Monday, June 11, 2001
The skies were bright and sunny my first three days out of Helsinki. The past three have been heavily overcast, and it has been raining off and on. I've avoided a drenching from the few hard downpours, as I've always had the good fortune of being near some shelter when they have hit. The drizzle has often been just a bare mist, not even requiring my poncho. I'm almost getting used to it. If it doesn't get any worse than this, I ought to be able to push on to the northern most point in Europe, about 300 miles north of the Arctic Circle.
Last night I had my first challenge finding a place to camp, as the terrain has turned boggy, like the tundra of Alaska. Up until then, it was a snap to find a place anytime I wanted in these unfenced forests that predominate along the roads. Few people live outside the occasional small towns I pass through. And by virtue of "the right of common access," anyone can camp anywhere he pleases as long as he's 150 meters from anyone's domicile. The non-stop daylight takes away the pressure of finding a place to camp before it gets dark, as it doesn't get dark.
Even when I discovered the ground was squishy, making the camping a challenge for the first time, I was still able to find a suitable spot just minutes after I decided to curtail my cycling at 8:30. I saw a radio tower on a side road that I figured had to have solid ground around it. But just barely. I pitched my tent right up against its adjoining shed, right on the fringe of mushy ground. I entered the tent with one foot soggy from having sunk into the muck as I was setting up. Fortunately there was no hum from this tower. It was also the first night it was too cold for mosquitoes.
I saw my first reindeer yesterday morning, a cluster of three not far off the road. They showed no concern of me whatsoever. I feared the first reindeer I might spot would be roadkill, as so happens with deer in the US, but there has been no road kill at all along the road, partially because there is so little traffic and also thanks to the 24 hours of daylight. With no night time, animals aren't blinded by and frozen in their tracks by headlights. I've been able to stick to secondary roads with minimal traffic--no more than five or six cars per hour. This is logging country. I see stacks of fifteen-foot lengths of logs piled up along the road every few miles, but I encounter no more than two or three logging trucks a day. Pick-up trucks are also rare. This is terrain similar to the north woods of Minnesota or Alaska. But unlike the United States, none of the signs warning of moose and reindeer are riddled with bullet holes.
I had my first shower two days ago. Until then I had been bathing in the plentiful lakes. But with the thick cloud cover the past few days there has been no sun to warm myself or the surface waters, making the coldness of the water beyond my tolerance. It was also my first night at a campground, though I didn't camp. The owner offered me a cabin for the same price as setting up my tent, as he had many empties and he was concerned that my tent might not be adequate to withstand an impending storm. Shortly after I was showered and had hung my clothes to dry, we were pelted by a hard downpour for about half an hour. It was six dollars to camp, pushing my daily expenses over ten dollars for the first time.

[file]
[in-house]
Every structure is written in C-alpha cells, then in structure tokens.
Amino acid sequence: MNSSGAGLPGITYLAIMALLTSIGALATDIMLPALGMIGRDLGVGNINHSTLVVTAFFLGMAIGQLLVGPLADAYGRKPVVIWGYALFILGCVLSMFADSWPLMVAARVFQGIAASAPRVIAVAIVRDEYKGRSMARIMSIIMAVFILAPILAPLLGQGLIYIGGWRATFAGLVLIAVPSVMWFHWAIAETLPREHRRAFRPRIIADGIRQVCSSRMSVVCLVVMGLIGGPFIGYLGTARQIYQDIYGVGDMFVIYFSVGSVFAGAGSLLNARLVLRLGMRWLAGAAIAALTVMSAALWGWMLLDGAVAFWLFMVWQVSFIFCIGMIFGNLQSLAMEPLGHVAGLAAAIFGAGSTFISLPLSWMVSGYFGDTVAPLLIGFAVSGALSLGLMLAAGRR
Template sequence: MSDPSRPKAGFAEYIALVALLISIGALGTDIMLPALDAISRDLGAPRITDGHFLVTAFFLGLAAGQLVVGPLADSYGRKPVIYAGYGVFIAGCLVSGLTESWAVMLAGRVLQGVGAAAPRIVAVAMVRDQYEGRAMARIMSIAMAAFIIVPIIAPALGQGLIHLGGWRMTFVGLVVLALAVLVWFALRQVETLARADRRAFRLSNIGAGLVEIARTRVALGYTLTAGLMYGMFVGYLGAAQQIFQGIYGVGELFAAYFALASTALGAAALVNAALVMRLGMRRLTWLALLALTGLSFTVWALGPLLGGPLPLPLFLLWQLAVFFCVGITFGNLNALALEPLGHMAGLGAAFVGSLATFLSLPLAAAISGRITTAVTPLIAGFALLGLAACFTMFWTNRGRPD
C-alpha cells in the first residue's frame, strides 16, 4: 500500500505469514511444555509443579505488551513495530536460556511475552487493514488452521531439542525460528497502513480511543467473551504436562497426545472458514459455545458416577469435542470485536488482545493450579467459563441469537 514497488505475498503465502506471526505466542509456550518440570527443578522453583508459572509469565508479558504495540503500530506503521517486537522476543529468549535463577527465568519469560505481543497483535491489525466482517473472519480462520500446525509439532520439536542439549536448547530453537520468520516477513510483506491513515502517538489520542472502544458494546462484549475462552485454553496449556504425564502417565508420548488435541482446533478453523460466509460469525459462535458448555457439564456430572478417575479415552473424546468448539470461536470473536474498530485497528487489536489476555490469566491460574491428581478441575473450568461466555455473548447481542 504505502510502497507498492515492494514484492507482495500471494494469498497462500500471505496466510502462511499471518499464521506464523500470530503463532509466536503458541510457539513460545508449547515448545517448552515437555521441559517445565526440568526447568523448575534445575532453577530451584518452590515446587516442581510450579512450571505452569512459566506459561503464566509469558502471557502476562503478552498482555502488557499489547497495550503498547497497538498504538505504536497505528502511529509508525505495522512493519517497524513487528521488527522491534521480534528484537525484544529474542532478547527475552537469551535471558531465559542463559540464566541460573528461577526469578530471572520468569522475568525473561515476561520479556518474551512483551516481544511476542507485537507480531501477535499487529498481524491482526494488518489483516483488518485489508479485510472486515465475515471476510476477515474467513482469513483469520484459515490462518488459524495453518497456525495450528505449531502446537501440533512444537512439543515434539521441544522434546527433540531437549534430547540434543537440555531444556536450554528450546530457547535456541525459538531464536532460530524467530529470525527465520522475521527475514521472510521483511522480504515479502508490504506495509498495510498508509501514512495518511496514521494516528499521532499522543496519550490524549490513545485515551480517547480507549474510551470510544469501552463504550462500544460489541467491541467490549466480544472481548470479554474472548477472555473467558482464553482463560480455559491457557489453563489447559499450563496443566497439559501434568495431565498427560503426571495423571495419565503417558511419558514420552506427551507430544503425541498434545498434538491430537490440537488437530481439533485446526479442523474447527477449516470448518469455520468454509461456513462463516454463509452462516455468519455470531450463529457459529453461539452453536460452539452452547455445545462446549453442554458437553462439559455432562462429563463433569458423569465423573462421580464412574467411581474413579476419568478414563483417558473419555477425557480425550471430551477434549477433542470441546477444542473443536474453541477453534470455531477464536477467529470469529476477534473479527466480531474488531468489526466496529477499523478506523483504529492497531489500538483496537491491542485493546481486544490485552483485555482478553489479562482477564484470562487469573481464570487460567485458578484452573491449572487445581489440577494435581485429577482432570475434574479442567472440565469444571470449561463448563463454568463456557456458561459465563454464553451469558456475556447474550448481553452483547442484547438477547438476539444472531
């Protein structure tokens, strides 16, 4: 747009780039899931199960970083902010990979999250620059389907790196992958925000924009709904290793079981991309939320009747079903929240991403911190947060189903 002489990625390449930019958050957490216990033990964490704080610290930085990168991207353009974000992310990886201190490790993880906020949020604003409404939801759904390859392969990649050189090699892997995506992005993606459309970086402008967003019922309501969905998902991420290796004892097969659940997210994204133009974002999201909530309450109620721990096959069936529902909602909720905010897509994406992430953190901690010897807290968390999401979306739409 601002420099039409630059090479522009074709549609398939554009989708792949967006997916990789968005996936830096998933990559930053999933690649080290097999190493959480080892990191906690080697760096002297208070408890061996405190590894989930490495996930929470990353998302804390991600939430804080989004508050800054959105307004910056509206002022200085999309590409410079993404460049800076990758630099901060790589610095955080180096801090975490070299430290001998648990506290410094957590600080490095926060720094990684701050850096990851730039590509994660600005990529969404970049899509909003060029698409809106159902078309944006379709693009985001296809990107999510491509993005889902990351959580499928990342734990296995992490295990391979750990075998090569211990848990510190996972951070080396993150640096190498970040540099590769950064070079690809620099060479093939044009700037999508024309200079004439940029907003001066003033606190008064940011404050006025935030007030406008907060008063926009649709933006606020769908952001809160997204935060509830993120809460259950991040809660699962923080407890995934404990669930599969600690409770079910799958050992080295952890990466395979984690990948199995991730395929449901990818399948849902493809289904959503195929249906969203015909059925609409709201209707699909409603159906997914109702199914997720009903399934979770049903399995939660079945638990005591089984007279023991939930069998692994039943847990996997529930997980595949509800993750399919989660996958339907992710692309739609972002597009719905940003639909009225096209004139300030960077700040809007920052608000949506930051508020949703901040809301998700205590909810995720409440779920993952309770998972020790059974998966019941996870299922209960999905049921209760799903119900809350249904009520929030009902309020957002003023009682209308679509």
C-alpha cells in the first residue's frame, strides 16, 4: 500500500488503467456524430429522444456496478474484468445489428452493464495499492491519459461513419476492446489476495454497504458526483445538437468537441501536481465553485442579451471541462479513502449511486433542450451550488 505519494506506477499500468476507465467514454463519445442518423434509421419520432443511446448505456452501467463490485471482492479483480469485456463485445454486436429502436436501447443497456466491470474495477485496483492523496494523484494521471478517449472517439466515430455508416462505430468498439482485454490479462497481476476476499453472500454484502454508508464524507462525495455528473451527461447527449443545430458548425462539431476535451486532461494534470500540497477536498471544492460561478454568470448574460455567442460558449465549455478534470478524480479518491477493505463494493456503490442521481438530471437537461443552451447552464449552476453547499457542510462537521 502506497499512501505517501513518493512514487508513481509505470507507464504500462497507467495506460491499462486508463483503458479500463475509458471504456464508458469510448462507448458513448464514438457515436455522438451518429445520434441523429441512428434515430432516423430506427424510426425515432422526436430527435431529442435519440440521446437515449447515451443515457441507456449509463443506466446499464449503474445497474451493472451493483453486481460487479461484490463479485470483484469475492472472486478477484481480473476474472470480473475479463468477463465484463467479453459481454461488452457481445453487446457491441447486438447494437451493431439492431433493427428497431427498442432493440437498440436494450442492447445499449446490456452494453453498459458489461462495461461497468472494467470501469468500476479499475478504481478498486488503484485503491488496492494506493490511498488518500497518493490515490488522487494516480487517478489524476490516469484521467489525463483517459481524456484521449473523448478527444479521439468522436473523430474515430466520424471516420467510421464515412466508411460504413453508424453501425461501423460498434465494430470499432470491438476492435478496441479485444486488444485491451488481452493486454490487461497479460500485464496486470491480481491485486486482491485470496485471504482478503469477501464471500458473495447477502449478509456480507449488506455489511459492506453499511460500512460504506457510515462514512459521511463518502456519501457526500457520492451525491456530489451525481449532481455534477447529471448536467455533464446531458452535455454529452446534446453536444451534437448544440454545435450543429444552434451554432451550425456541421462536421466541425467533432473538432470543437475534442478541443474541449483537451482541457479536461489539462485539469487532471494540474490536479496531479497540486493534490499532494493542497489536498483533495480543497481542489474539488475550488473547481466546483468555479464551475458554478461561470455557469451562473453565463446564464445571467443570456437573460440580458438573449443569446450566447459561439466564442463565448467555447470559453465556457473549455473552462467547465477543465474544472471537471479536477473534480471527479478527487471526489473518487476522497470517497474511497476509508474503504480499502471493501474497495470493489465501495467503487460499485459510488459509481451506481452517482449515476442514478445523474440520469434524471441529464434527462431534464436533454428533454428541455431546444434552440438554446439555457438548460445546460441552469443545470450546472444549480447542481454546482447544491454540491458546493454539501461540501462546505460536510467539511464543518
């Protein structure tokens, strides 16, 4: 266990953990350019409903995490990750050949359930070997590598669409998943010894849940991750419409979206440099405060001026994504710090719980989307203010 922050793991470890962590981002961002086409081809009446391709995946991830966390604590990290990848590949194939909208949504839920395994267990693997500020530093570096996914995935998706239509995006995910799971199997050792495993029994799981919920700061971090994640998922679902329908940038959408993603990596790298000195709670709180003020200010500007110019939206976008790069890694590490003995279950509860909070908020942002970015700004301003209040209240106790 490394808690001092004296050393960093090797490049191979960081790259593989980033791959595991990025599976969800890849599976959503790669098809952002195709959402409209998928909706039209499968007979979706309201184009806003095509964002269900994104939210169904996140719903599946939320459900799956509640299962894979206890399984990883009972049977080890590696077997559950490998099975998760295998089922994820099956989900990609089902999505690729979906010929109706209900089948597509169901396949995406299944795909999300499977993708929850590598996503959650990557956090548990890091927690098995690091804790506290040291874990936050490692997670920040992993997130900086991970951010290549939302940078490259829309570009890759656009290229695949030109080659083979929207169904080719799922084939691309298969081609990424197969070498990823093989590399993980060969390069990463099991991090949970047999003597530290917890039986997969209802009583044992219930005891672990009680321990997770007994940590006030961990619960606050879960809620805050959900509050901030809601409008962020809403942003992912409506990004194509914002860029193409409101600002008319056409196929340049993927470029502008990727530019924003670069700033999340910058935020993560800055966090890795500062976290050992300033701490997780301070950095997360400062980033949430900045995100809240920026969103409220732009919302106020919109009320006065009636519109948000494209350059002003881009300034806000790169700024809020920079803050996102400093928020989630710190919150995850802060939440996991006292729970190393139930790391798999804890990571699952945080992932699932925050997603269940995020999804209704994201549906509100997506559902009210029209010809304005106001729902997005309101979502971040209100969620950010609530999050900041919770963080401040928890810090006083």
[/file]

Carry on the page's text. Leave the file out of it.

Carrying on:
The occasional cafe I find in the small towns I've been passing through offer various varieties of hamburgers for a little more than two dollars. Most of my eating has been from the supermarket--sandwiches and such. Just as in the US, my most frequent meal has been a pound of potato salad mixed with a can of baked beans. I've barely made a dent in my peanut butter, as most of my sandwiches have consisted of cheese and some sort of sausage or sliced meat. One of my sandwich options is onions and eggs squeezed out of a tube. As I head north and the temperatures become colder, I won't be inclined to be eating outdoors so much. I'll need the warmth of whatever cafes come along.
For the first time I had to zip up my sleeping bag last night. If it gets much colder, I can always resort to my wool hat and extra clothes for added warmth. I am hoping to camp during the film festival. There is a 150-site campground less than a mile from the festival. It could well be the place to be.
I met a guy yesterday while I sat under an overhang at a gas station waiting out the rain who proudly mentioned that he attended high school with Peter Van Bagh, the director of the film festival, and a much-respected cinephile. Van Bagh was a film fanatic even then. I asked if the tourist literature was correct that the average Finn only sees 1.5 movies a year. He thought that figure low, but as an indicator of the popularity of movies in Finland, we couldn't find any advertisements for movies playing in the nearby city and university town of Oulu in the Sunday paper or Saturday's or Friday's either. The TV listings, though, showed plenty of movies, new and old, even some Chaplin.
I saw no theaters in my wanderings around Helsinki nor any in the small towns I've passed through. I was surprised that the tourist literature did not include the film director Kaurismaki brothers in its list of 25 famous Finns. These are all questions to be pursued at the film festival. Two more days and I will have five days of nothing to do but watch movies. Since it never gets dark, movies are scheduled around the clock in three different venues. I can see as many as a dozen movies in any 24-hour period. The opening film is "Fast Food, Fast Woman," which played at Cannes and Toronto a year ago. No word if its star Anna Thompson or its director Amos Kolleck will be in attendance.